The announcement comes amid discussion that the Facebook-owned platform is set to become the world’s mobile advertising platform by 2017, and that discussion has already got some big brands thinking hard about how they can start getting their messages in the feed of users before their competitors get in on the act.
What has changed?
Previously, sponsored content on Instagram was something of an exclusive members club. With Facebook tentatively rolling our sponsored content as a concept, advertising was reserved for those brands that could stump up a minimum of $50,000 for a campaign. That, however, has all changed.
Last week, Instagram officially switched on its advertising API, which will allow advertisers to schedule advertising campaigns through third party platforms, such as Salesforce or Brand Networks.
It means that more marketers can now, for the first time, start buying Instagram ads and planning their Instagram marketing in a more automated fashion, alongside their other digital ad buys on Facebook or Twitter.
So what will advertisers get for their ad spend?
The advertising model will bring Facebook and Instagram closer together, particularly when it comes to helping advertisers target their audiences. Facebook will be providing Instagram with targeting capabilities that would have otherwise taken Instagram years to develop.
When Instagram announced that it was testing its API back in June, it confirmed that all of Facebook's ad-targeting tools will be opened up to Instagram advertisers. That’s a huge selling-point for Instagram, although its effectiveness will rely on how willing users are to connect their Instagram and Facebook accounts together. Instagram has also recently launched "Shop Now" buttons and other messages for advertisers to link outside the app, providing clear calls to action.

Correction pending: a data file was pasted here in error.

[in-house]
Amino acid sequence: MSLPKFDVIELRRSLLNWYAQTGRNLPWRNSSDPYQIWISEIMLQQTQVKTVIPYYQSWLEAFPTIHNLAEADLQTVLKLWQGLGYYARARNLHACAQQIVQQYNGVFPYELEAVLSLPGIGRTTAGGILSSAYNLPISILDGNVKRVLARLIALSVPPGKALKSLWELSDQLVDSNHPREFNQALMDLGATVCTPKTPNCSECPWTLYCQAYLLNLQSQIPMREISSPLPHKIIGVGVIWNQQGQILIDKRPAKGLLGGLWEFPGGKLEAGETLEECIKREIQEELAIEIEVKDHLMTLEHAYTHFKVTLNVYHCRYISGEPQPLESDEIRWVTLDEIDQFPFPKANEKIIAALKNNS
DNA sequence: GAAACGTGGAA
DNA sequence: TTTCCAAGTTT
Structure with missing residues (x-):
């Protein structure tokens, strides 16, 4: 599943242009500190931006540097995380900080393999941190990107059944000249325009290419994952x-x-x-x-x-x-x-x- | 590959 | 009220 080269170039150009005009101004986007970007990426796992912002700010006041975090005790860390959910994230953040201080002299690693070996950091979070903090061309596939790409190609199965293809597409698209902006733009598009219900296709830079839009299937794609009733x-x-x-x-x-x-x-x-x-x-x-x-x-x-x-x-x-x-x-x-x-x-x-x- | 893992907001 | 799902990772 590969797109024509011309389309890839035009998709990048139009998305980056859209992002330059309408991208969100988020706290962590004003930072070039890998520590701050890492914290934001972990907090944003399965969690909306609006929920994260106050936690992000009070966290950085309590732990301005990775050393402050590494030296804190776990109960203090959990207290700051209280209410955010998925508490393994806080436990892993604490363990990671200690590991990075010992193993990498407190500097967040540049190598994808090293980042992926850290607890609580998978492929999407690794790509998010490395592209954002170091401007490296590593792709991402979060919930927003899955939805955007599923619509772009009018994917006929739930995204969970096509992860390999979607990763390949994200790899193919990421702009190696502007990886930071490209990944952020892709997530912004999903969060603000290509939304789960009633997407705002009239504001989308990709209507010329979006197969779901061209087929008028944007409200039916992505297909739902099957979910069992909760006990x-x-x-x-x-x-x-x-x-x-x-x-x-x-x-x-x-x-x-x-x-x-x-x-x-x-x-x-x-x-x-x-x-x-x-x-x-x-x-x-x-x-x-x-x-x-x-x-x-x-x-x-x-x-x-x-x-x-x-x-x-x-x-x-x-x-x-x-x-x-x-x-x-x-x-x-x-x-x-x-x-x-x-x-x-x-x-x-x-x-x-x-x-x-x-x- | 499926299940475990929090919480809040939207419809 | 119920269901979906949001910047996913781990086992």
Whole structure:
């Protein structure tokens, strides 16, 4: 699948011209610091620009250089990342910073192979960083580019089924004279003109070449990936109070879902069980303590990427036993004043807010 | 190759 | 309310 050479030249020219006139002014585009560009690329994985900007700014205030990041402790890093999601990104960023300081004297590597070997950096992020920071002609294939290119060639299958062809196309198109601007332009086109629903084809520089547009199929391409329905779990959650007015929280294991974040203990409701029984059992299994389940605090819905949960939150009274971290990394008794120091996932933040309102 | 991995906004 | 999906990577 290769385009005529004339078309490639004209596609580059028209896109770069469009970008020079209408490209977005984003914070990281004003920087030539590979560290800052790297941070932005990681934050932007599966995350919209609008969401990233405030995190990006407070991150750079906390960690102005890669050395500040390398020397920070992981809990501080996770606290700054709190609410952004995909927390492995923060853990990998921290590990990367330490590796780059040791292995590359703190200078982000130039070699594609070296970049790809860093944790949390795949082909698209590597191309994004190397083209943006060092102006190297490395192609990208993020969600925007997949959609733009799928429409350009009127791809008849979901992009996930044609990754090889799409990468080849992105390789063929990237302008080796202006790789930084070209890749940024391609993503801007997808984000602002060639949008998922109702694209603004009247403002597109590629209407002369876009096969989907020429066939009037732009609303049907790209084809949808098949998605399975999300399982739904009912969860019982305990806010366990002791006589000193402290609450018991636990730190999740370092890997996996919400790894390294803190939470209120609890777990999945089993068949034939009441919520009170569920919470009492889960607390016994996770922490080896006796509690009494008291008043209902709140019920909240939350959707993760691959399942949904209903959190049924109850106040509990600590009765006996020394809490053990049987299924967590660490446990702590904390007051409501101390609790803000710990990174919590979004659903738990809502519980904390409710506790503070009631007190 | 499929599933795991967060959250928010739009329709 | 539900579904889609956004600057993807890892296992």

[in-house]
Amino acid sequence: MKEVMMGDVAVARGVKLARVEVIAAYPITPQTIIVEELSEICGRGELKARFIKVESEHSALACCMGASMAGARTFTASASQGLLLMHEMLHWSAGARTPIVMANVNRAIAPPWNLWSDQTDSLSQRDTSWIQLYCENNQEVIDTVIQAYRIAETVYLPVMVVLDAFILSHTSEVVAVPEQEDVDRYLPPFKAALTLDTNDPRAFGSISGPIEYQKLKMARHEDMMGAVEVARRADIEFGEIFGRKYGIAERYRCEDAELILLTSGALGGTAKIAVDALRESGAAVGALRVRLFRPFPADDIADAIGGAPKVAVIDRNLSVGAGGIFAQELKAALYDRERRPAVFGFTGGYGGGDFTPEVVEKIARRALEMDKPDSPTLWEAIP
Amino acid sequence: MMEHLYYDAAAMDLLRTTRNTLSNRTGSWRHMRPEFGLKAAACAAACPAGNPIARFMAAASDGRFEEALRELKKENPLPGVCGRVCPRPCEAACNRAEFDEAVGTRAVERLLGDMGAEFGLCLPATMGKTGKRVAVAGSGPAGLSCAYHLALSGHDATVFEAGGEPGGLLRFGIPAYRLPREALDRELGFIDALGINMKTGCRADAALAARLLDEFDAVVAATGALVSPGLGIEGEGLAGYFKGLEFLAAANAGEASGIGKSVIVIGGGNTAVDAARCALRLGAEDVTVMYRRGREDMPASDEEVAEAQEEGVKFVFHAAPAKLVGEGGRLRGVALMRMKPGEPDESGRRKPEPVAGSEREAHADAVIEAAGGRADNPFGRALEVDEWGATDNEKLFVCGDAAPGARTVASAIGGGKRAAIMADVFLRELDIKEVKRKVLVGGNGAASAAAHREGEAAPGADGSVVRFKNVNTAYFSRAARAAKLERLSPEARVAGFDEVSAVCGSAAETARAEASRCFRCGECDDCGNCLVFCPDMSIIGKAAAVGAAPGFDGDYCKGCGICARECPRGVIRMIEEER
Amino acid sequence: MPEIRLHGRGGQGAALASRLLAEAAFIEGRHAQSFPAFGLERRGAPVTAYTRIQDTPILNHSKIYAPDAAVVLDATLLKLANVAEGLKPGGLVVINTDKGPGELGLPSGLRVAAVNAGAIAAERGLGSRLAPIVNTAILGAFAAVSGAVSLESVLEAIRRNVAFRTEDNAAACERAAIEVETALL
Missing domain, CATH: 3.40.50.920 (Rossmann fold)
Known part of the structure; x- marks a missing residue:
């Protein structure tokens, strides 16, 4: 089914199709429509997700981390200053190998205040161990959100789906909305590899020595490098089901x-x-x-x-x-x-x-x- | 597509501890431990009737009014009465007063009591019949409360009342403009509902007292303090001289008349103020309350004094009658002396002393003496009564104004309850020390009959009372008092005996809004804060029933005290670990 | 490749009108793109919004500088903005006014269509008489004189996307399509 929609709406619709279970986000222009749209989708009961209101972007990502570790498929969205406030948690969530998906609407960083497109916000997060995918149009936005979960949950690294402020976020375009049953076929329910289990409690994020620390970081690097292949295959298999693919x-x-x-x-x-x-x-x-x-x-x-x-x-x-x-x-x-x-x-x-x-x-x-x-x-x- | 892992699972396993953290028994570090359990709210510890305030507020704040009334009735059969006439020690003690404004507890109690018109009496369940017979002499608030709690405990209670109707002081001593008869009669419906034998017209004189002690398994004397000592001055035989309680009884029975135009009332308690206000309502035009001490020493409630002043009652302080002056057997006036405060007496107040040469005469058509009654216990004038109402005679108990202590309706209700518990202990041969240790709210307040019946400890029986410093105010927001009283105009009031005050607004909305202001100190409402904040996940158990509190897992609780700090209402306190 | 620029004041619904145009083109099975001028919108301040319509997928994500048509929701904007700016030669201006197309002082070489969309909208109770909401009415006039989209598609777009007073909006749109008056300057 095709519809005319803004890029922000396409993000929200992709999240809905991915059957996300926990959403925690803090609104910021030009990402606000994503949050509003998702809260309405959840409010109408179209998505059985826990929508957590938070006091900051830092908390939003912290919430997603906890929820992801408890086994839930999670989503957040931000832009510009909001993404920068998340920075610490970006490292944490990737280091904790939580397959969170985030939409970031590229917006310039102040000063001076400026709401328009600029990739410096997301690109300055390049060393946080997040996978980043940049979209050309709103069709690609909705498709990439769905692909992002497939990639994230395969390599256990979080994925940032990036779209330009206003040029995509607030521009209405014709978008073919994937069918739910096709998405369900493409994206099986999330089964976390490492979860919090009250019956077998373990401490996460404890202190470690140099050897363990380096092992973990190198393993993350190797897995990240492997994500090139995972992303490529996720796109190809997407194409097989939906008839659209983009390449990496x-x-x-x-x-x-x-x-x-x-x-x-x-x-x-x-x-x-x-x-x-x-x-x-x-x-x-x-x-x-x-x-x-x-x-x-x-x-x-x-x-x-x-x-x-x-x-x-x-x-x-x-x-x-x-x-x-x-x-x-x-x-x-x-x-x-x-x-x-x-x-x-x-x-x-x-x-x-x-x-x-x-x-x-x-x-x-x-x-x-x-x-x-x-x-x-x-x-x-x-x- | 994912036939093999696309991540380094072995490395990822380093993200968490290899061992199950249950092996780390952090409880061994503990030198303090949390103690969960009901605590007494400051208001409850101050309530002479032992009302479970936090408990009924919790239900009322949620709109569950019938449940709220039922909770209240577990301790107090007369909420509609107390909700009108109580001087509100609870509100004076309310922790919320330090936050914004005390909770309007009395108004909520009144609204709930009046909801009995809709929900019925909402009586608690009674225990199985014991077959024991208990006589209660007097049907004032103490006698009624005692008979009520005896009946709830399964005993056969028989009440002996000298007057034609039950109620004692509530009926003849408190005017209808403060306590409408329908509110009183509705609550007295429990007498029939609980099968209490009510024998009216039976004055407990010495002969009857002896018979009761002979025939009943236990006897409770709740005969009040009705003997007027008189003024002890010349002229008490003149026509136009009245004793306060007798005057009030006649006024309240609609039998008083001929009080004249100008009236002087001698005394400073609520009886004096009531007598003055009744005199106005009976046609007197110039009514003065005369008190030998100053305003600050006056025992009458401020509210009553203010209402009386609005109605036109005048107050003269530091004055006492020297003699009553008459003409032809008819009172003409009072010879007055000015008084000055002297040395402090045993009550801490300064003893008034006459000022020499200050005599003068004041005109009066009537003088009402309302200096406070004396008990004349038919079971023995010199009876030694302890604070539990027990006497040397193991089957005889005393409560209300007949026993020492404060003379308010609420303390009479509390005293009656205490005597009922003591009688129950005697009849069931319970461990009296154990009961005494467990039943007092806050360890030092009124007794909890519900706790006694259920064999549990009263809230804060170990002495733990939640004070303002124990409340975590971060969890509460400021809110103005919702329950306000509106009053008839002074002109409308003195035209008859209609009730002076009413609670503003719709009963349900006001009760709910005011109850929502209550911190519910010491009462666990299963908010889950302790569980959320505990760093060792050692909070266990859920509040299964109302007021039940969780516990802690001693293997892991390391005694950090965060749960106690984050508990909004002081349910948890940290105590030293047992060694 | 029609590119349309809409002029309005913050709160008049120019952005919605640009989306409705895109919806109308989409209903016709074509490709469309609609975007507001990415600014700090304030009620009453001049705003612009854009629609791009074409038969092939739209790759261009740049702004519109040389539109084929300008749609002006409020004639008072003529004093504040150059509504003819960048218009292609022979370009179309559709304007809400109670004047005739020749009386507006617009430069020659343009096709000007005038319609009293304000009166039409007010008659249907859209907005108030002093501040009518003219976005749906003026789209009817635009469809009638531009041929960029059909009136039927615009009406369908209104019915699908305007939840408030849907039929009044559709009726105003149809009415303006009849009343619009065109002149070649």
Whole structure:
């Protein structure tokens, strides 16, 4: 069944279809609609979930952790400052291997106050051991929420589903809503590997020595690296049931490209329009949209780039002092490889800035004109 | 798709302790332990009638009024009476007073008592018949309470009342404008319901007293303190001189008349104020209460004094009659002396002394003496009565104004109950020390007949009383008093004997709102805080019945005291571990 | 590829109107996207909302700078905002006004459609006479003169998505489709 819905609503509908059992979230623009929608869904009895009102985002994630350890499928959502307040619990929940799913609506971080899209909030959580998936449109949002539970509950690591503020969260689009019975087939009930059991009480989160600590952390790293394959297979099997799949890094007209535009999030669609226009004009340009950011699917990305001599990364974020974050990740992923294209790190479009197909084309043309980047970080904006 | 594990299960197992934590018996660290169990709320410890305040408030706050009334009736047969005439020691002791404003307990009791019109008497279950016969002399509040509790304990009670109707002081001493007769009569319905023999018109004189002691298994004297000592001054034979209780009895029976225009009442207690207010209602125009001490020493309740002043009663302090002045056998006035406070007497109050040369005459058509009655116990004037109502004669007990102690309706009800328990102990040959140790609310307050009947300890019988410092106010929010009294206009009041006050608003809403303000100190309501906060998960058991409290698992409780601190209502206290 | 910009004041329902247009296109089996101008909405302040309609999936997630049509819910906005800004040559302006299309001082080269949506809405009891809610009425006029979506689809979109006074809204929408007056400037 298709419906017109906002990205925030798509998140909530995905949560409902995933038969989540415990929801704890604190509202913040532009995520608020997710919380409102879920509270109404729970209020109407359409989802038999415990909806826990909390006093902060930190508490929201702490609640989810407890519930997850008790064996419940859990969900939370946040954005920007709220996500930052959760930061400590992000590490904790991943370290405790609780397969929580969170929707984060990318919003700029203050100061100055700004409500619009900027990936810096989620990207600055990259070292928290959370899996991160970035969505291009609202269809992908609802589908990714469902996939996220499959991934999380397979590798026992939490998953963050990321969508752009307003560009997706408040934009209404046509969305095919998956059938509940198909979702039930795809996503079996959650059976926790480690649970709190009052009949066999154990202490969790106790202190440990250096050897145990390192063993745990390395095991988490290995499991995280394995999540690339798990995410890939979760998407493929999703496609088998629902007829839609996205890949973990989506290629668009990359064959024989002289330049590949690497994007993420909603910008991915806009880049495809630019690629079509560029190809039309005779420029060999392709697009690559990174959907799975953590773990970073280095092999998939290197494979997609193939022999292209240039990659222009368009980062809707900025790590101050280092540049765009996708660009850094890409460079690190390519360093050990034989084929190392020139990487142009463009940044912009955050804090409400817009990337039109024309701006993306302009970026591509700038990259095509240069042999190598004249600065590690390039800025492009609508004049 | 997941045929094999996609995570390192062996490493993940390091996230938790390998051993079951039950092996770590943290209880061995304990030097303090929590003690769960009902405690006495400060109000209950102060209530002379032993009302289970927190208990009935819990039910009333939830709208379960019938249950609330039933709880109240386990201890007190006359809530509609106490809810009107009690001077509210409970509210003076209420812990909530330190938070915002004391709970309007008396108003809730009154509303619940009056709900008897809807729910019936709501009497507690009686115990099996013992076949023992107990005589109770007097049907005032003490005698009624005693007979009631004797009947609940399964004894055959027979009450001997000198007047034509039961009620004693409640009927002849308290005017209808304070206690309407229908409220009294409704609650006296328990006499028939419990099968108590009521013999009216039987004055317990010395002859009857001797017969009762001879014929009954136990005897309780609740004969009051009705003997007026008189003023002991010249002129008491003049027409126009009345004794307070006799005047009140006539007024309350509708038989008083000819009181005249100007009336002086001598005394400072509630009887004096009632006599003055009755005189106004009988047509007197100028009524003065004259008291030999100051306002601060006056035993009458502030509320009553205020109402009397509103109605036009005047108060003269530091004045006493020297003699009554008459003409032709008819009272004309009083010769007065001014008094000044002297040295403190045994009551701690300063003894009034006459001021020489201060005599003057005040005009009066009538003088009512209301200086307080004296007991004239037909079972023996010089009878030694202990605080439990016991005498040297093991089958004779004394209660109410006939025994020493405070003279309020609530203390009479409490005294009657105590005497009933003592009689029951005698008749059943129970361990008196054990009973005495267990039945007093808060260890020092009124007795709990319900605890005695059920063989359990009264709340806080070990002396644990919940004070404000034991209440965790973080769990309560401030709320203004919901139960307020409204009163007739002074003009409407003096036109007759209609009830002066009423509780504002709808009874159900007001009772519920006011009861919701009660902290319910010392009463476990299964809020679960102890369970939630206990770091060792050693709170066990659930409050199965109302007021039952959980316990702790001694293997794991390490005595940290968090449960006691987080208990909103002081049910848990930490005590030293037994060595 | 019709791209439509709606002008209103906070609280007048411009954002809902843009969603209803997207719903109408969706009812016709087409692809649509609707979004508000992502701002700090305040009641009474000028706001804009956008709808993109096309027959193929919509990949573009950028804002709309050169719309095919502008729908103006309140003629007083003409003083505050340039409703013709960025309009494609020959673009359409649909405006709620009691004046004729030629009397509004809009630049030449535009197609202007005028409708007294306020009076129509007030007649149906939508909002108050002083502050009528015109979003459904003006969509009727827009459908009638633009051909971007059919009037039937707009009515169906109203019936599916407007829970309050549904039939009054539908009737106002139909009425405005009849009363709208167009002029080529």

But some people are going to have to wait their turn
The API will open up Instagram advertising for some, but not for all.
The announcement will open up ads to any brand that currently uses one of Instagram’s approved partner platforms; namely Kenshoo, Brand Networks, Salesforce Marketing Cloud, Unified, SocialCode, 4C, Nanigans, and Ampush. If you’re not using one of those platforms, you’re going to have to wait your turn.
You will, eventually, be able to run sponsored content campaigns via Facebook’s ad interface, but that functionality isn’t expected to roll out until Q4 of 2015.
Instagram advertising is going to be big
The significance of this announcement is not to be underestimated. Brand Networks CEO Jamie Tedford, described this as “one of the most anticipated launches we've ever seen” for his customers, and there is good reason for that.
In late July, a report was released by eMarketer that Instagram is set to earn worldwide mobile revenues of more than $2.8bn by 2017. That figure would see it earning more than both Google and Twitter for mobile ad revenue – a significant milestone.
Instagram’s current mobile revenues for 2014 stood at $595m and, if the new forecasts are accurate, it will see Instagram account for 10% of all Facebook global ad revenue. The forecasts also suggest that whilst the US currently accounts for 95% of Instagram ad revenue, this will drop to 85% by 2017, as advertising rolls out to new markets.
For Facebook, Instagram provides a vehicle for it to profit from offering brands access to audiences that have failed to remain engaged with Facebook. Instagram’s audience tends to be much younger and yet, it still performs well on key engagement metrics – including loyal audiences and long dwell times.
But of course, much of these forecasts rely on Instagram overcoming a number of challenges. It lacks the scale of Facebook (its audience is five times smaller) and brands will have to think carefully about specific creative for Instagram. Simply duplicating social content across multiple platforms isn’t going to be effective here.